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6 groups certain to make party-list cut

/ 05:42 AM May 19, 2022

ACT-CIS party list. STORY: 6 groups certain to make party list cut. STORY: 6 groups certain to make party-list cut

MANILA, Philippines — Most representatives of the six leading party-list groups are either allies of the current or incoming administration, are related to well-known politicians, or are former politicians themselves.

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Based on partial, unofficial results, ACT-CIS, 1-Rider, Tingog, 4Ps, Ako Bicol, and Sagip may each end up getting two to three seats in the House of Representatives.

ACT-CIS, which stands for Anti-Crime and Terrorism Community Involvement and Support, is backed by media personalities and brothers Erwin Tulfo and senator-elect Raffy Tulfo, staunch supporters of President Rodrigo Duterte.

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The group’s nominees are Edvic Yap, brother of incumbent ACT-CIS Rep. Eric Yap; Raffy Tulfo’s wife, Jocelyn, and Jeffrey Soriano.

1-Rider will be represented by retired Police Col. Bonifacio Bosita while Tingog’s first nominee is former Leyte Rep. Yedda Romualdez, wife of reelected Leyte Rep. Martin Romualdez, who has been getting endorsements to become the next speaker of the House of Representatives. He is also a cousin of presumptive president Ferdinand Marcos Jr.

Another party-list group topping the polls is 4Ps, whose first nominee is former Eastern Samar Rep. Marcelino Libanan, one of the accused in the fertilizer fund scam involving millions of pesos.

On the other hand, Ako Bicol is represented by Elizalde Co, owner of Sunwest Construction and Development Corp., while the first nominee of Sagip, which stands for Social Amelioration & Genuine Intervention on Poverty, is Rep. Rodante Marcoleta, a staunch ally of the Duterte administration who withdrew his Senate candidacy days before the May 9 elections.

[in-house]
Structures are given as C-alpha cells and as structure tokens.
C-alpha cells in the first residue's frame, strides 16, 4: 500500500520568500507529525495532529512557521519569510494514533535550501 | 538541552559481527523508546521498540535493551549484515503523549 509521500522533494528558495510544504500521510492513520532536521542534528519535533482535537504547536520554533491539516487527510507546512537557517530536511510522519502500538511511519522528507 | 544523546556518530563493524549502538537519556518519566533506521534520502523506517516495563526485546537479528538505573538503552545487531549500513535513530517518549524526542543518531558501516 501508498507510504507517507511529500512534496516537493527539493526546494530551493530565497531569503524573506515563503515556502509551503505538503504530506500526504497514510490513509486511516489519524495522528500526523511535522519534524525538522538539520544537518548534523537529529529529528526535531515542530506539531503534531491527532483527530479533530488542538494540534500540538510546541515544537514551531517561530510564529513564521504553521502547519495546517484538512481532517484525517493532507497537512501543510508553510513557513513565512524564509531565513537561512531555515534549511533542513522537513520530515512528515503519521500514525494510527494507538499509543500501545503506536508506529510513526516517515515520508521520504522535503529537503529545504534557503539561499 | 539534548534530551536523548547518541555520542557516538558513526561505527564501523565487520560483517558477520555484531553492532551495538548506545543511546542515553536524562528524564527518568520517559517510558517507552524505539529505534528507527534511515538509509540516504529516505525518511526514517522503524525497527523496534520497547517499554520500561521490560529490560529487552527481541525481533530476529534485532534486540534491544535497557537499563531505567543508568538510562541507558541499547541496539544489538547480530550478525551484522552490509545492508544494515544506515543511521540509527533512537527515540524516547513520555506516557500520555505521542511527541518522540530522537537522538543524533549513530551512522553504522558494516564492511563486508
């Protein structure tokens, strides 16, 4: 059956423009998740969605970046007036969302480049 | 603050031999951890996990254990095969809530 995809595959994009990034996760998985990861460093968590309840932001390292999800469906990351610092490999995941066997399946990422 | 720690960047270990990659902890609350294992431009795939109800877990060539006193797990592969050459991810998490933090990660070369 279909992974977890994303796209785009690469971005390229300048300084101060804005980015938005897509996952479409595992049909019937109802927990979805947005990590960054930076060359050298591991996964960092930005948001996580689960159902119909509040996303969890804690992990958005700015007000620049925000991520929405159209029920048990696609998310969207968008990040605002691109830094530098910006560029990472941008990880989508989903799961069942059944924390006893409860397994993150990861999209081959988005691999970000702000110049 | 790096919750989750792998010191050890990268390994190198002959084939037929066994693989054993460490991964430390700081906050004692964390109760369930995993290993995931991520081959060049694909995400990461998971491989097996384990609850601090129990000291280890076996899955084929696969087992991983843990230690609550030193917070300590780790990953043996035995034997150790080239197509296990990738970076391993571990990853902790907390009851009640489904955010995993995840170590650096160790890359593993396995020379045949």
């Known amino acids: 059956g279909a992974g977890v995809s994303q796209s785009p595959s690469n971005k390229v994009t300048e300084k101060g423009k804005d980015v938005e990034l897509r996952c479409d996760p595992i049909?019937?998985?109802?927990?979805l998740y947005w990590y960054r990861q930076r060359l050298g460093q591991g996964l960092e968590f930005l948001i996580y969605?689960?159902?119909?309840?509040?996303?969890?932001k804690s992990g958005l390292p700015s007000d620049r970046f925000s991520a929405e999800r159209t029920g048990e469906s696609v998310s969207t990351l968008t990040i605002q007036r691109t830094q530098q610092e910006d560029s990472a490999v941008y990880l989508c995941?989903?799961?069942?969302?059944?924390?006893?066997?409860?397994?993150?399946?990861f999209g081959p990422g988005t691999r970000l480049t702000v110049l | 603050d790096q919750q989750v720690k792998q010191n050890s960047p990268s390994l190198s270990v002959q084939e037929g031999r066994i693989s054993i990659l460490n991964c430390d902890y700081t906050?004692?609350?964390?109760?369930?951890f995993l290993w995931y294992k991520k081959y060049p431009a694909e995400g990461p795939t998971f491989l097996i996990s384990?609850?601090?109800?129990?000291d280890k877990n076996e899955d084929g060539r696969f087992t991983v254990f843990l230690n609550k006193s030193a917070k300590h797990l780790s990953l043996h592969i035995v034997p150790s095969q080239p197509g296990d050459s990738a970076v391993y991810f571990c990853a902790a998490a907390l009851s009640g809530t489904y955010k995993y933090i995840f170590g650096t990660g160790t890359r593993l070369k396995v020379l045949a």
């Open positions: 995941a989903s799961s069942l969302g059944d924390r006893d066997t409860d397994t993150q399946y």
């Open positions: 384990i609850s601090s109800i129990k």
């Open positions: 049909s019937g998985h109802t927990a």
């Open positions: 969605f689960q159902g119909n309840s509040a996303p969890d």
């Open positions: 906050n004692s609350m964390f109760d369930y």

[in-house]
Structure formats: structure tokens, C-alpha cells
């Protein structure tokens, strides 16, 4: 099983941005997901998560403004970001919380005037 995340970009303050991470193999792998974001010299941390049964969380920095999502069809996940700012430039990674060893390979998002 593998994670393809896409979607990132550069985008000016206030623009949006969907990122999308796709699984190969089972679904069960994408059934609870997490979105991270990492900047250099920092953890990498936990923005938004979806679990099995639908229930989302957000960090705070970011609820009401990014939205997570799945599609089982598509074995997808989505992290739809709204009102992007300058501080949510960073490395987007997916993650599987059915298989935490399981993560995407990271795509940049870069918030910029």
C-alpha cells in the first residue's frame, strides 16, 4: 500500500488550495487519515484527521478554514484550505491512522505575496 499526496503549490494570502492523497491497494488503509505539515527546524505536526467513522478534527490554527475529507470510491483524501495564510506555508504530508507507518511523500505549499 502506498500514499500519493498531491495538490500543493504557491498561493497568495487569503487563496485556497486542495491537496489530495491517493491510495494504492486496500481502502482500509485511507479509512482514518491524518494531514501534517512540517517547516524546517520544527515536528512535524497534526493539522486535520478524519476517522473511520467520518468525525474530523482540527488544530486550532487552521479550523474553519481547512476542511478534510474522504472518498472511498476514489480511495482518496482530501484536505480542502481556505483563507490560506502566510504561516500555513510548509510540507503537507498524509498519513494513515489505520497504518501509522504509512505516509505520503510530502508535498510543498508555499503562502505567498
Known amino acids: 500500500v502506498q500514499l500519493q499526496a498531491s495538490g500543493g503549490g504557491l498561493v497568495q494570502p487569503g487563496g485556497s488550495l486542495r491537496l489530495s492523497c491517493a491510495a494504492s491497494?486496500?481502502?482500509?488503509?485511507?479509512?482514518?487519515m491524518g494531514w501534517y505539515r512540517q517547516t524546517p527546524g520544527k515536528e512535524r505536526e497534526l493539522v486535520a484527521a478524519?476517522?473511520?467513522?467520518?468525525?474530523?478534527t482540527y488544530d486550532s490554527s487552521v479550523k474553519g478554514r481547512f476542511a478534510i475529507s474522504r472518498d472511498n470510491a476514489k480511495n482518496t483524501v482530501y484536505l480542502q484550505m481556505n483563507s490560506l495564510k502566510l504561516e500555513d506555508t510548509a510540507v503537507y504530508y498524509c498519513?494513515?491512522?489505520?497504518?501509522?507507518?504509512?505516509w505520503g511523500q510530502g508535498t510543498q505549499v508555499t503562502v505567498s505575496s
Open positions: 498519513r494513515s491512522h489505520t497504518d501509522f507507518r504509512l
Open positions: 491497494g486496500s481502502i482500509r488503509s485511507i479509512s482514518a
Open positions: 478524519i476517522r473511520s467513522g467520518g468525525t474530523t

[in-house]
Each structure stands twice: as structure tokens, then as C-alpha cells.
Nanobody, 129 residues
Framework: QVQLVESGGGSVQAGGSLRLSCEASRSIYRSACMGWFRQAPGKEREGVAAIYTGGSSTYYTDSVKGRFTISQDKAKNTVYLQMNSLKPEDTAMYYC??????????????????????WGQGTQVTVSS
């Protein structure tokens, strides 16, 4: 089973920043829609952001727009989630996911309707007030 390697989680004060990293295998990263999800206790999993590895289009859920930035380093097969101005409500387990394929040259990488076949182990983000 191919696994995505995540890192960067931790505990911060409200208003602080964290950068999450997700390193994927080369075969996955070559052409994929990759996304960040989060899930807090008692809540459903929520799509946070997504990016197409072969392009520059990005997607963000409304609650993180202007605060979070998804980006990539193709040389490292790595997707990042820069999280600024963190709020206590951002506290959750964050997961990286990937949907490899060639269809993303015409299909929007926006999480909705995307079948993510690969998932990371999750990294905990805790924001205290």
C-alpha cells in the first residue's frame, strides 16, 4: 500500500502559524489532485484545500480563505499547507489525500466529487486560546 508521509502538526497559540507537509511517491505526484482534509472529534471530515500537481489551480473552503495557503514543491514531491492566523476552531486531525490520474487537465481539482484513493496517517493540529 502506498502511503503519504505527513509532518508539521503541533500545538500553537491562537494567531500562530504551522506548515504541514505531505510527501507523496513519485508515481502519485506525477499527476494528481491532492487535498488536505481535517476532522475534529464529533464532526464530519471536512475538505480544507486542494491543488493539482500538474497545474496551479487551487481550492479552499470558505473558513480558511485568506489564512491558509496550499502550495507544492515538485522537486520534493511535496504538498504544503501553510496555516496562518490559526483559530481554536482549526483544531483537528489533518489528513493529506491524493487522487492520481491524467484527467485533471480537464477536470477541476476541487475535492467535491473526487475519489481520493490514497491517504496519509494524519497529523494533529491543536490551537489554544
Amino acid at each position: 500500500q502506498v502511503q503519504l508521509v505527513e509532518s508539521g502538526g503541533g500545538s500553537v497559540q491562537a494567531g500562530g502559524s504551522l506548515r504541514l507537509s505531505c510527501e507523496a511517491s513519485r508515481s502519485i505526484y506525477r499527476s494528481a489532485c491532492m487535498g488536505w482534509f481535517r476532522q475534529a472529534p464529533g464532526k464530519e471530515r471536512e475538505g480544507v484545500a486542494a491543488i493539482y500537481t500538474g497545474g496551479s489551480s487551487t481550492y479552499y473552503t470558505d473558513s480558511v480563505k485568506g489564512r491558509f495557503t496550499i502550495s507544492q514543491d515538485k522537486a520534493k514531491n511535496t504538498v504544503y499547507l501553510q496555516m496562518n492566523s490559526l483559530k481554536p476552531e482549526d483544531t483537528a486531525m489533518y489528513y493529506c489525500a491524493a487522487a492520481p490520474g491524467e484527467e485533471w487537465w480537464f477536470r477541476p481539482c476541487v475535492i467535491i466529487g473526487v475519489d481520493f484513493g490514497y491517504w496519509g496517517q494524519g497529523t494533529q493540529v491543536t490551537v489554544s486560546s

For one political scientist, the party-list system has been abused and become “irrelevant,” since genuine sectoral representatives from the more “principled political parties” have been left out of contention.

“The fear here is that [they are] only using the party lists as additional efforts to retain the supermajority,” Prof. Maria Ela Atienza of the University of the Philippines’ political science department, told the Inquirer.

Atienza noted how the party-list groups supposed to represent marginalized sectors have been dominated by political clans and even wealthy personalities.

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According to her, this has been a consistent trend since the 2019 midterm elections, which marked a “further deterioration” in party-list groups.

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ACT-CIS still leads party list race getting over 5% of votes; 1-Rider, Tingog next

Comelec neutral on party list system abolition

Comelec: SC ‘formula’ to fill party list seats

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TAGS: #VotePH2022, 2022 party-list, Comelec, Elections 2022
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